You’ll recognize the first two, of course, from the first amendment to our Constitution. What FDR goes on to explain is that the latter two are not just beneficial on their own merits but are also protective measures for preserving our way of life, that “Life, Liberty, and Pursuit of Happiness” stuff that is so prominent in the Preamble to the Declaration.

    Now this is quite different from the concept of freedom attributed to Beck as divined by John. Any good Libertarian would be comfortable with that “go it alone” philosophy. So would Marie Antoinette, who was happy to encourage the hungry masses to eat food that they were denied because of social injustices.

    Paradoxically, many of the laws in our country are restrictions that help to keep us free. I for one will choose freedom that is secured by the community of citizens working together with the machine of democratic government. You may continue to worship the so-called freedom that comes from worshipping individualism.

  6. Caleb Powers

    Well said, Jose. There’s a reason that FDR will go down in history as our greatest president.

  7. Guys, unlike freedom of worship or speech, the freedom from want and fear are not found in our constitution, unless you wish to stretch the “general welfare” clause through simple linguistics beyond anything it was ever intended. FDR took upon himself power that was never his nor could ever be granted to him by the electorate, because they didn’t have it to give him in the first place. This is the very definition of tyranny. We could give the government stewardship over freedom of worship and freedom of speech BECAUSE WE ALREADY HAD THOSE RIGHTS. Freedom from want or fear are not inalienable rights. How about pain? Does the government or even you or I have the power, by whatever means we choose, to eliminate all pain? What about death? Is freedom from death an “inalienable” right? God never granted us freedom from want or fear. In fact, we’re supposed to “fear” God. Evolutionarily speaking, a healthy fear was essential to our species’ survival. “By the sweat of thy brow, thou shalt earn thy bread all the days of thy life,” God said to Adam. What, other than hunger, would motivate Adam to do the sweating?

    Nobody disputes the greatness of Abraham Lincoln or George Washington. But, after nearly three quarters of a century, FDR is still considered by many to be one of the worst presidents in U.S. history. We are still battling over the fundamentals of some of his policies in many arenas. He instigated a massive power-grab by government that we are still grappling with almost every day today. There was a time when politics and party didn’t play much of a role in people’s daily lives. Since FDR the general public has had to be constantly in the fray of government either overstepping its bounds into their lives or becoming so dependent on it that they would be at a loss as to what to do with their lives if government were to ever step back.

    You see, freedom of worship and speech are also relatively easy to define. Granted with occasional gray areas. But “fear” and “want” are much more ambiguous. My daughter has an unreasonable fear of spiders, I don’t. Should the government “free” her from that fear? And make me pay for doing so, especially when I think the fear is stupid? Last time I checked, nobody actually starved to death during the Great Depression. And I’ve never heard of anyone actually starving to death on the streets today, though it was and is certainly possible. Now, if this is my definition of “want” (the actual starving to death), and I’m not saying it is, who the hell are you to tell me I’m wrong? Most people, of course, wouldn’t go to such an extreme definition, but what about the “poor” neighbor who is in “want” of more cable channels, or a better car? Want and fear are quite relative, speech and worship are not.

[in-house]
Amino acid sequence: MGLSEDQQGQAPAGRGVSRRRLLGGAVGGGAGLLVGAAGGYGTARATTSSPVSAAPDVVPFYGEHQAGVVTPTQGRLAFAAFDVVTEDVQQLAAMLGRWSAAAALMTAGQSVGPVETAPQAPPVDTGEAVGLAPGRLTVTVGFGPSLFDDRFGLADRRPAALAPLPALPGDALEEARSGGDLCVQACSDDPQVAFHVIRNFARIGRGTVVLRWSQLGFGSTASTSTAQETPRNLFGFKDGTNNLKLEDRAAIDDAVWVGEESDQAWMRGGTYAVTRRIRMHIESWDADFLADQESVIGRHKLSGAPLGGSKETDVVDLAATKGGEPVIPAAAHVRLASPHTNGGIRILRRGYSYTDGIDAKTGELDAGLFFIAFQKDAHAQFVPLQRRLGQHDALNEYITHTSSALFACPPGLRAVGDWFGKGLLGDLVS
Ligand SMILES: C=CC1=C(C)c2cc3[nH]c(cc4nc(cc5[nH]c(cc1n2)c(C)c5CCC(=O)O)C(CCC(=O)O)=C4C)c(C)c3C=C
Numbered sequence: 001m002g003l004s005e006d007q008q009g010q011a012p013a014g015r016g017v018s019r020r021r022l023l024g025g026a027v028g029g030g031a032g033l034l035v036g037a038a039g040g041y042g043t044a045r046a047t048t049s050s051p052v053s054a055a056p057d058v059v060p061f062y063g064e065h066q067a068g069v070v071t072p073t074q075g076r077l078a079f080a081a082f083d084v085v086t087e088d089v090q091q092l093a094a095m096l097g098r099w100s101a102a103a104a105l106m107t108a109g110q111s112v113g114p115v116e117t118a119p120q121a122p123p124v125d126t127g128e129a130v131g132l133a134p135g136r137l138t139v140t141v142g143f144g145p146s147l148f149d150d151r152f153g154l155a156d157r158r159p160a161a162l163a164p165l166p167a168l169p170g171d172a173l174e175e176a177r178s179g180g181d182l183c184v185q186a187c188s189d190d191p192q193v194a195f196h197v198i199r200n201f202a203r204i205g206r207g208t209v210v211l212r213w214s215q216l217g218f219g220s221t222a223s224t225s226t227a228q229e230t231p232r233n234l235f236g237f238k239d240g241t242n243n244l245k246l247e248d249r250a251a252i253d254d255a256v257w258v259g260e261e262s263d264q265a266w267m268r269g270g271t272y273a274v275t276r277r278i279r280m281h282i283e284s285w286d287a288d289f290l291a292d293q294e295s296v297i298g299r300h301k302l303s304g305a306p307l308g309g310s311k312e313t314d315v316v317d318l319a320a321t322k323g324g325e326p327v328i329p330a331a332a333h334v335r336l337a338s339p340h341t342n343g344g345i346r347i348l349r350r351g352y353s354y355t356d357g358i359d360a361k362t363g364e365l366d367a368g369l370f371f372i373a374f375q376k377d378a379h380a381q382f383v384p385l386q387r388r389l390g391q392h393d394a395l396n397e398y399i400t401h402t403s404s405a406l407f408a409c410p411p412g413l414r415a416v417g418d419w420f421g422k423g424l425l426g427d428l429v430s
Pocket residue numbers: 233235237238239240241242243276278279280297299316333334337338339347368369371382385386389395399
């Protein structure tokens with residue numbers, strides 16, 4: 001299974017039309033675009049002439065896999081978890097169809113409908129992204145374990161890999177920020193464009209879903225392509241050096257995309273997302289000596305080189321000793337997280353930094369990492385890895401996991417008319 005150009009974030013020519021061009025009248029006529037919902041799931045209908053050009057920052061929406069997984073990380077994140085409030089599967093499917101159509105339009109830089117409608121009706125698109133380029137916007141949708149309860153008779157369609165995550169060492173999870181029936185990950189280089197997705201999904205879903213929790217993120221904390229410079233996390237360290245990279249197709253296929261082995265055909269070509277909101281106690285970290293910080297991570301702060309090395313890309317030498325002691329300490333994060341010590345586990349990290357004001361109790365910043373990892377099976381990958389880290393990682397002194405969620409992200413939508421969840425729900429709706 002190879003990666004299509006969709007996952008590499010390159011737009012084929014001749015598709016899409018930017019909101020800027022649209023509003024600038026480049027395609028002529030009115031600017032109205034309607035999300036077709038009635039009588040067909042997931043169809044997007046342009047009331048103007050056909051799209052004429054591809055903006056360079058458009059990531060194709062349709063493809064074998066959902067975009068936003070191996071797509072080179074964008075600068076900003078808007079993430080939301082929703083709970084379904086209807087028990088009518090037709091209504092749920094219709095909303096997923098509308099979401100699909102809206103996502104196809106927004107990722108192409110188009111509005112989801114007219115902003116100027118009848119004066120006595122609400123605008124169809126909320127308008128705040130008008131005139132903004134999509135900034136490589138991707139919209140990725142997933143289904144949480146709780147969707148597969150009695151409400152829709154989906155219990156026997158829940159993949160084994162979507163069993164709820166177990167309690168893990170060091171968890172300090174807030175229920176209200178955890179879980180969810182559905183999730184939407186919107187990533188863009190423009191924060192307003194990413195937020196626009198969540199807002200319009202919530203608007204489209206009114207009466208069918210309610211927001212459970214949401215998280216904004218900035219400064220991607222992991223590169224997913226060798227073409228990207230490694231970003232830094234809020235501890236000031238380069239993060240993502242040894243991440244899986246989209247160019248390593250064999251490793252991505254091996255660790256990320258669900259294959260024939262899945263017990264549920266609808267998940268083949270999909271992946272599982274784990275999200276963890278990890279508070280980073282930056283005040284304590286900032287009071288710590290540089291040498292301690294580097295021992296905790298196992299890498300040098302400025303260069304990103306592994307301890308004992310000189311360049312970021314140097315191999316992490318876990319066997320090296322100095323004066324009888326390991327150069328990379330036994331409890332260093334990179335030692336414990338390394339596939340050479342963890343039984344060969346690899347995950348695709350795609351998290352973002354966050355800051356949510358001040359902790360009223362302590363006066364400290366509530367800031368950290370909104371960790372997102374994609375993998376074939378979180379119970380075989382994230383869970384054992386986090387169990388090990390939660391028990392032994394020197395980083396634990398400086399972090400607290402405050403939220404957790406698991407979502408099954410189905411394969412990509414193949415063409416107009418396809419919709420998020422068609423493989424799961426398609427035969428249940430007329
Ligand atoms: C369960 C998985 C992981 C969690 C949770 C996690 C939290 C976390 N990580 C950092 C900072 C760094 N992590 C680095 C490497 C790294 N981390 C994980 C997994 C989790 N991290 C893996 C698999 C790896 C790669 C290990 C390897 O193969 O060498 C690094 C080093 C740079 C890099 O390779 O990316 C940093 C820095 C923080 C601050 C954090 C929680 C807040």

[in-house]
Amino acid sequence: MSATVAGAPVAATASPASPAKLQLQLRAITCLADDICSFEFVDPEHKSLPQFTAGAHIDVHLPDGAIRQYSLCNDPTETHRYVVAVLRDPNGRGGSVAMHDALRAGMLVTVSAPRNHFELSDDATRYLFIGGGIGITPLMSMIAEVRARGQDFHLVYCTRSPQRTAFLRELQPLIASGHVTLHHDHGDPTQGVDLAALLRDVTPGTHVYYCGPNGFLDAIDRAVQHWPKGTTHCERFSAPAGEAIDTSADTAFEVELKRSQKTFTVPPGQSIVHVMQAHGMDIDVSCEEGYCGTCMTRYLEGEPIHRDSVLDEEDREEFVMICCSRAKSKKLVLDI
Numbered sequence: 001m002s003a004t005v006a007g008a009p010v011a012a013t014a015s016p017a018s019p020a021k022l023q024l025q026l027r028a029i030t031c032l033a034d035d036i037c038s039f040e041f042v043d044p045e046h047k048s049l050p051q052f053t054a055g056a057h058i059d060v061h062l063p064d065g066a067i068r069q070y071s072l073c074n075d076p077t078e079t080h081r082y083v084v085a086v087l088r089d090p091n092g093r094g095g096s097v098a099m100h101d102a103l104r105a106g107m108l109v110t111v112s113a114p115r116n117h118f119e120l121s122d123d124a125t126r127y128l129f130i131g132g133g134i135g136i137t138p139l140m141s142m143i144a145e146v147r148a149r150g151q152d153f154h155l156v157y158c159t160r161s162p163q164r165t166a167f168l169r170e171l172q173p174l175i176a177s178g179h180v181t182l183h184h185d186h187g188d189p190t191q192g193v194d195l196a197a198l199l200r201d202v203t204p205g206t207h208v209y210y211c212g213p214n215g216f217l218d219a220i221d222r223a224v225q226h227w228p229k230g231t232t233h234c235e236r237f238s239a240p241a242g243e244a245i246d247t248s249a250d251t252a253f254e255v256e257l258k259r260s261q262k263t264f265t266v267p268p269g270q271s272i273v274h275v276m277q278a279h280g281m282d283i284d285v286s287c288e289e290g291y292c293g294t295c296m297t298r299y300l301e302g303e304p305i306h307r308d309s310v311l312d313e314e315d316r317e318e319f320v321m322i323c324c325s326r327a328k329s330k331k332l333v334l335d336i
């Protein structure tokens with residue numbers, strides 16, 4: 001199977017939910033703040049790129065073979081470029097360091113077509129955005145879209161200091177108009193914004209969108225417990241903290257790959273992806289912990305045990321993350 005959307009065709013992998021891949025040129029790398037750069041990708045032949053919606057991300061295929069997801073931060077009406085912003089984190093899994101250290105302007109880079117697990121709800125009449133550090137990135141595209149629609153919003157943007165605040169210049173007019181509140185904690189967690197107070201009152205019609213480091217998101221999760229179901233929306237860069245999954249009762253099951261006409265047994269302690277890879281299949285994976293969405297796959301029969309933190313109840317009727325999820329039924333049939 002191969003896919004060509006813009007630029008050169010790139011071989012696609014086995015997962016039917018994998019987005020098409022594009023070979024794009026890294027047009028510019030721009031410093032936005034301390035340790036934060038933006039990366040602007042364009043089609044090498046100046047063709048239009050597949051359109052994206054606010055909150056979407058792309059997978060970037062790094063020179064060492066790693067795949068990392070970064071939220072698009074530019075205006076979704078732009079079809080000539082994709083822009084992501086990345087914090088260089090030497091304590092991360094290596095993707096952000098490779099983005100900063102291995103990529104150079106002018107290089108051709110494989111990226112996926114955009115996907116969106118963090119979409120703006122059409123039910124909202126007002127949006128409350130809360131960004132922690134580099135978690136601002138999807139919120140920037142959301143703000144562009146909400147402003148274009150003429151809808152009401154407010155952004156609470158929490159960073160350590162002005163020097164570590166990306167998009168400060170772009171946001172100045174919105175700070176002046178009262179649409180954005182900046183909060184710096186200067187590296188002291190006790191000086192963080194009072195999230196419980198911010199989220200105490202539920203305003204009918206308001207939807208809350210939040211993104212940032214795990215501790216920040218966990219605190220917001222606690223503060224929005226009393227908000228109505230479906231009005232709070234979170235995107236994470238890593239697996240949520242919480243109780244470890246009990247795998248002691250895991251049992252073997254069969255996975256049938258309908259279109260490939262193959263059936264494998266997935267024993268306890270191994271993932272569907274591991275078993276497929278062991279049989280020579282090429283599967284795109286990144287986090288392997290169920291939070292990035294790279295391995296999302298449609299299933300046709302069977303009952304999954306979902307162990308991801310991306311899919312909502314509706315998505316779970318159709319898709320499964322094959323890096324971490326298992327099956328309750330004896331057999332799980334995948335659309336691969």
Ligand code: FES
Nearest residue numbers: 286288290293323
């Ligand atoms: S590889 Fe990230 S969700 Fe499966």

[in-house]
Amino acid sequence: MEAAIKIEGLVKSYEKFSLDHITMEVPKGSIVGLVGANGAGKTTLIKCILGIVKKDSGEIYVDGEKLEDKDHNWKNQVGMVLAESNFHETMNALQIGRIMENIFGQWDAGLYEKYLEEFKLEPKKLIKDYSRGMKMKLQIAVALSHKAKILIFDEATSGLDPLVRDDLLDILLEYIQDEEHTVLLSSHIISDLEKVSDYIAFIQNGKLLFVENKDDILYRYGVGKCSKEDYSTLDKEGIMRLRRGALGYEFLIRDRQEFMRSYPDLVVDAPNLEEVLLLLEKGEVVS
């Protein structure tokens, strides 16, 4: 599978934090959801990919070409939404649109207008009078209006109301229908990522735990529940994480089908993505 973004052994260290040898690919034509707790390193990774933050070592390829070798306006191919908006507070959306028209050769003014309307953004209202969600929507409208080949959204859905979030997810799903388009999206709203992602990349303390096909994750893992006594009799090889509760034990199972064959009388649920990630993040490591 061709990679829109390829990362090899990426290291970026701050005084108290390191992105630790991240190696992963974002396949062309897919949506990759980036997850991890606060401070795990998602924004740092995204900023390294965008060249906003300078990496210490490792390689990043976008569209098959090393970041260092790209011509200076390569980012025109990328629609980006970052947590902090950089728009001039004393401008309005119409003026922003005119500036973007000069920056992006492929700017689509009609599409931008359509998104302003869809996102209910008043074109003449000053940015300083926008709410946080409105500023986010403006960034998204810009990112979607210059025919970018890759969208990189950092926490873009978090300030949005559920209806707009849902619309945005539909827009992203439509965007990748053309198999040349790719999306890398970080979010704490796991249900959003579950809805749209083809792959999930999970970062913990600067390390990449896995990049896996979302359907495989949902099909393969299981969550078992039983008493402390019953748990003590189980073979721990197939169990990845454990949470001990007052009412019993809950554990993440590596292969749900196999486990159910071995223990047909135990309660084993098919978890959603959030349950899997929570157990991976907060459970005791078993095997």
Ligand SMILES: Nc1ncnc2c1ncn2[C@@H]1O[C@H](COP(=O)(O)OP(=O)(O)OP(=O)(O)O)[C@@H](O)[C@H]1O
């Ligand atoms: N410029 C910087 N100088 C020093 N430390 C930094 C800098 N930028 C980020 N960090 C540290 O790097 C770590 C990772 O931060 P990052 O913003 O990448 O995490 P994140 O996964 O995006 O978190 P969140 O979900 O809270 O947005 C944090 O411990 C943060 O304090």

You can put the government in charge of policing speech and worship rights because you have those rights WITHOUT HAVING TO EARN THEM OR DO ANYTHING TO RETAIN THEM. You were born with them. You cannot but the government in charge of satiating your hunger or making the scary decisions you must make in life. Once you step too far out of these bounds, you enter such a field of arbitrariness that fights ensue over “free” school lunch programs and “corporate welfare” grants that should never have anything to do with a public that just wanted freedom.

  8. Caleb Powers

    All I can say to that right wing diatribe, John, is first, take a breath. The sky is (probably) not falling.

    Second, you have a rather rosy view of the great depression for someone who didn’t live through it. I didn’t, either, but I grew up with people who not only did, but in the case of my grandfather, who’d been county judge of our county throughout most of it, someone who was in charge of the “relief” efforts, as they were called. Your rhetoric rather reminds me of that of the Holocaust-deniers. I suppose as each generation passes on, we lose some of the wisdom and experiences of the past.

    I grew up with real stories about how FDR’s governmental programs helped real people. And I am old enough to remember seeing the pictures of FDR on the walls of poor people’s houses all over my home county. I went to the schools that Kennedy’s and Johnson’s anti-poverty programs created. It is easy to mock poor people from a position of comfort and privilege, but it’s a little harder when you’re on the ground with them.